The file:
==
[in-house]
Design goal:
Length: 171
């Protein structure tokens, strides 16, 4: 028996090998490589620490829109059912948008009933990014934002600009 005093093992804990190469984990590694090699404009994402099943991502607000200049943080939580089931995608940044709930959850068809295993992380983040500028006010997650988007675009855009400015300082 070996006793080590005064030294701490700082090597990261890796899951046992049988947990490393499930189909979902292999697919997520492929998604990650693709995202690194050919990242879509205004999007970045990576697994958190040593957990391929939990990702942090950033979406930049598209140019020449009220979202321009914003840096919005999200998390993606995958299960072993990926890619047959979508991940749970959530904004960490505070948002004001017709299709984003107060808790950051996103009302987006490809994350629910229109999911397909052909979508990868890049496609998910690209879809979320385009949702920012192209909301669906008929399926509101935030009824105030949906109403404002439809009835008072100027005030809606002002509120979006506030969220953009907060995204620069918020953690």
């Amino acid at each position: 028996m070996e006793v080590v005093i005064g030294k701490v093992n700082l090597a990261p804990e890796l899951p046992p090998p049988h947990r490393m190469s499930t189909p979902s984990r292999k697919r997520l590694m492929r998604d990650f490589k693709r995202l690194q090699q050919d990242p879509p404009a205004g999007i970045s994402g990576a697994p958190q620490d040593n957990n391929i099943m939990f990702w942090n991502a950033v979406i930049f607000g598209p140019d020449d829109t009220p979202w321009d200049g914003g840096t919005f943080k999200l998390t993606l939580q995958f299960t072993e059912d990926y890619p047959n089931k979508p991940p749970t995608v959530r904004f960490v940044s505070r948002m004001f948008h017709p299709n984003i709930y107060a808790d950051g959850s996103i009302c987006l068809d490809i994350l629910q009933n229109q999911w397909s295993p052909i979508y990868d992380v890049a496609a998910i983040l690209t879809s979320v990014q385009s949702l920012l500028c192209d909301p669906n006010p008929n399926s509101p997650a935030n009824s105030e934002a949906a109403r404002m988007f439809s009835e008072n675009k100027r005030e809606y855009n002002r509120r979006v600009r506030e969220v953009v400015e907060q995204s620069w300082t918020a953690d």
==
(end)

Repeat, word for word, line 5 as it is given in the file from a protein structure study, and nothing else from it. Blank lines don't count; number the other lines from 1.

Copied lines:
């Amino acid at each position: 028996m070996e006793v080590v005093i005064g030294k701490v093992n700082l090597a990261p804990e890796l899951p046992p090998p049988h947990r490393m190469s499930t189909p979902s984990r292999k697919r997520l590694m492929r998604d990650f490589k693709r995202l690194q090699q050919d990242p879509p404009a205004g999007i970045s994402g990576a697994p958190q620490d040593n957990n391929i099943m939990f990702w942090n991502a950033v979406i930049f607000g598209p140019d020449d829109t009220p979202w321009d200049g914003g840096t919005f943080k999200l998390t993606l939580q995958f299960t072993e059912d990926y890619p047959n089931k979508p991940p749970t995608v959530r904004f960490v940044s505070r948002m004001f948008h017709p299709n984003i709930y107060a808790d950051g959850s996103i009302c987006l068809d490809i994350l629910q009933n229109q999911w397909s295993p052909i979508y990868d992380v890049a496609a998910i983040l690209t879809s979320v990014q385009s949702l920012l500028c192209d909301p669906n006010p008929n399926s509101p997650a935030n009824s105030e934002a949906a109403r404002m988007f439809s009835e008072n675009k100027r005030e809606y855009n002002r509120r979006v600009r506030e969220v953009v400015e907060q995204s620069w300082t918020a953690d």